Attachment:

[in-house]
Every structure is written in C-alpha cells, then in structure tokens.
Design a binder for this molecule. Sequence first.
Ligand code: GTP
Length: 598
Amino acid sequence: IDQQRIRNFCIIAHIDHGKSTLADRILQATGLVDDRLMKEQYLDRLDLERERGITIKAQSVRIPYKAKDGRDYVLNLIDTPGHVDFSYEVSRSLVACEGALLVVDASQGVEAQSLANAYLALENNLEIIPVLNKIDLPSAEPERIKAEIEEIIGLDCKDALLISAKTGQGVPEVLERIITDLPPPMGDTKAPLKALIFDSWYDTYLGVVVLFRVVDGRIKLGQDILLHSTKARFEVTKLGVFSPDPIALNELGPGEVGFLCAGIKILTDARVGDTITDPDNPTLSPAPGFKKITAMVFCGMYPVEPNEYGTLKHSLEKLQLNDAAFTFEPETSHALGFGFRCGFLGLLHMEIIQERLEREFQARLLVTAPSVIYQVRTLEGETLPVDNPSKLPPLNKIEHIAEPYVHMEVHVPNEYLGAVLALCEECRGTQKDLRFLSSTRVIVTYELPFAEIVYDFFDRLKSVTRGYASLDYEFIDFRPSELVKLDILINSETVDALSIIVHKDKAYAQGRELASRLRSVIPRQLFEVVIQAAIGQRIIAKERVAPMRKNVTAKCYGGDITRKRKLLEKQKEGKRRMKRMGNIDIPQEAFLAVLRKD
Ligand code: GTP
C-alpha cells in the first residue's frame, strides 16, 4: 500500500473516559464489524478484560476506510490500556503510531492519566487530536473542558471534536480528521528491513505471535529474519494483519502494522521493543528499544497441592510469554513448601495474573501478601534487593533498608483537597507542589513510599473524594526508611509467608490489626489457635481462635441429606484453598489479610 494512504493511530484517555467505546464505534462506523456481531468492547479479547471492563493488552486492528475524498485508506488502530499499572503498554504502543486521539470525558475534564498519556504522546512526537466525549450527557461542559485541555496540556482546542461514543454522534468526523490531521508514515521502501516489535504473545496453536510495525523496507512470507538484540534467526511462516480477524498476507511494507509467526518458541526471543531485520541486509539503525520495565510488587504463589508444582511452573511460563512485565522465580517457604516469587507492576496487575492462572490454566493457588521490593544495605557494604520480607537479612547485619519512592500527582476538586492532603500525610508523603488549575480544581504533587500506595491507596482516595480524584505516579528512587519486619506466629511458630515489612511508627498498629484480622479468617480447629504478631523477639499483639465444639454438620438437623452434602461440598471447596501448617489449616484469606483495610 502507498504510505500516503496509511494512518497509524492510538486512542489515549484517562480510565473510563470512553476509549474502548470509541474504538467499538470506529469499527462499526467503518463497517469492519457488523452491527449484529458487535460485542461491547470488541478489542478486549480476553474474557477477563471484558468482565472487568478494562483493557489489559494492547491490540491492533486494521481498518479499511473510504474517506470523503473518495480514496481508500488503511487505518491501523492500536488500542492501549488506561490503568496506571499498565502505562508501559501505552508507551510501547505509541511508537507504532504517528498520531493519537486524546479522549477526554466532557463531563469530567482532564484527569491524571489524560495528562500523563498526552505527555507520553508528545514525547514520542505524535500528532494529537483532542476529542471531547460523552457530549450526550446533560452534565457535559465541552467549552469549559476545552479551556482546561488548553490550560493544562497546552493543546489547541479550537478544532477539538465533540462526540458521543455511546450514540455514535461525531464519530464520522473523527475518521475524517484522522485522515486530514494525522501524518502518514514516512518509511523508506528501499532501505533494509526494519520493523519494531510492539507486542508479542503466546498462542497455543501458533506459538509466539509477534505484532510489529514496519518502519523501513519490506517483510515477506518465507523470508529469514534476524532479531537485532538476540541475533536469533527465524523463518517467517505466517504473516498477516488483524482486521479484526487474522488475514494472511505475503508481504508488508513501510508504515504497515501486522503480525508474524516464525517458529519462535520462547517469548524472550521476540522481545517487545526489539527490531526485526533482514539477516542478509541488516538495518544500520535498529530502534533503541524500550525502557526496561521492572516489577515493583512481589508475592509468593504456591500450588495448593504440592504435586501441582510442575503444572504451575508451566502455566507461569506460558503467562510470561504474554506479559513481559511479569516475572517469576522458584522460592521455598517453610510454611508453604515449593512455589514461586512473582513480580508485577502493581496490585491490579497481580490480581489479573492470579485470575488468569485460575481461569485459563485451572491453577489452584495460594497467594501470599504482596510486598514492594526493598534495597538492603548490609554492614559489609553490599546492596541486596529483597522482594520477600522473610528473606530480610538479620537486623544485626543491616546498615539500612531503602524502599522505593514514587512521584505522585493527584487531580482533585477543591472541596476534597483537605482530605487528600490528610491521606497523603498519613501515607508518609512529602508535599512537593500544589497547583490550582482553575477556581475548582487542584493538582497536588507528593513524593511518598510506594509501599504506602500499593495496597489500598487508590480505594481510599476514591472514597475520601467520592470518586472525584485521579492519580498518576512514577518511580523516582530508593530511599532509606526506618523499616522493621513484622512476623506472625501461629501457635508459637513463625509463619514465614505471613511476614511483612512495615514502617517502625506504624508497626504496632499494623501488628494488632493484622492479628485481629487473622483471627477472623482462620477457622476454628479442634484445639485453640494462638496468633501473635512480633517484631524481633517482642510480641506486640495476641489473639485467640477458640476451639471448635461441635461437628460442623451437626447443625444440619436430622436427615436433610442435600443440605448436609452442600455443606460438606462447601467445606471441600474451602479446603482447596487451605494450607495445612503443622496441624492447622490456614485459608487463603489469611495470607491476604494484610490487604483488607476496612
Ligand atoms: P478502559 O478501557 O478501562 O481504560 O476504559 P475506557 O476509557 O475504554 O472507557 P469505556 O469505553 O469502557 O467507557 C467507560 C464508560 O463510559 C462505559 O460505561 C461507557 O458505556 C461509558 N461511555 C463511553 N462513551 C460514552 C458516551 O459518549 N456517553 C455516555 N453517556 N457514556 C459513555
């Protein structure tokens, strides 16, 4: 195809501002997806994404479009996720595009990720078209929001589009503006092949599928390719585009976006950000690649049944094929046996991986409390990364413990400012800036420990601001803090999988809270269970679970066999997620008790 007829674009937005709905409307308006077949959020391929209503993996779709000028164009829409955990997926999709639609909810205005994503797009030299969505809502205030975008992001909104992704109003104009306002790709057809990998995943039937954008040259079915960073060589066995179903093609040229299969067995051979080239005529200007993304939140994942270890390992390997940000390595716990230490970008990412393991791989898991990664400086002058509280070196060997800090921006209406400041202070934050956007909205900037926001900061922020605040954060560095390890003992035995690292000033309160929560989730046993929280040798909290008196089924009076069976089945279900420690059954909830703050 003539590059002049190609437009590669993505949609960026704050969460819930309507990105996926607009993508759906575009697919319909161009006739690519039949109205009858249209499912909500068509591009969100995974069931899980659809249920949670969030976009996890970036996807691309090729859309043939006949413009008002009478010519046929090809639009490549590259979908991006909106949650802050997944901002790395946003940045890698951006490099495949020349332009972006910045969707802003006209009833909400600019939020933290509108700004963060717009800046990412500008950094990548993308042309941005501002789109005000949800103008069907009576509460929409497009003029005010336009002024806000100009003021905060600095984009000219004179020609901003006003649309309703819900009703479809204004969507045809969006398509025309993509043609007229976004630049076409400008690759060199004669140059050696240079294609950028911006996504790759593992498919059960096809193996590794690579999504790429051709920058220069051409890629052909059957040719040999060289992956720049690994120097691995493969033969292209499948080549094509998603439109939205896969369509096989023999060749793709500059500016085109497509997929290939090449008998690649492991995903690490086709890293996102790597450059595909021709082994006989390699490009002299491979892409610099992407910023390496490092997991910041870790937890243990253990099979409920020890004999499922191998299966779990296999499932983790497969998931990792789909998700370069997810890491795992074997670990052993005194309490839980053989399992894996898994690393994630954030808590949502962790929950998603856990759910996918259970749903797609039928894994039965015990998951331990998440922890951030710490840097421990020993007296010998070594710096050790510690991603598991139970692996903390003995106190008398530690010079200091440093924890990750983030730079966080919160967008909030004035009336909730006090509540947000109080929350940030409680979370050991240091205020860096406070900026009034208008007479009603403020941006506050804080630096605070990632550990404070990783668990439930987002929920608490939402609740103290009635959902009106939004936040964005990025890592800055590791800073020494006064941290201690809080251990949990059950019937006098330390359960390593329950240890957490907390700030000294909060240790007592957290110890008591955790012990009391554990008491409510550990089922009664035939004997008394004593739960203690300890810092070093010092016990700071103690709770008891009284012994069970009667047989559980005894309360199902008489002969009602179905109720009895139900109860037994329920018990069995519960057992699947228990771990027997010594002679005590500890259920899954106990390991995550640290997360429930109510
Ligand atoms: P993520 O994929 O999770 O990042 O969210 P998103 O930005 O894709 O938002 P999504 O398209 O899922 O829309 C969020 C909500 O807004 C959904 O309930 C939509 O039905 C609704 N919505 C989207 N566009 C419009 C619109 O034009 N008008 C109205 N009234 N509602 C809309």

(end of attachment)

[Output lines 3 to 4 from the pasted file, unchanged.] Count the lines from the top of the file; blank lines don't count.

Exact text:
Design a binder for this molecule. Sequence first.
Ligand code: GTP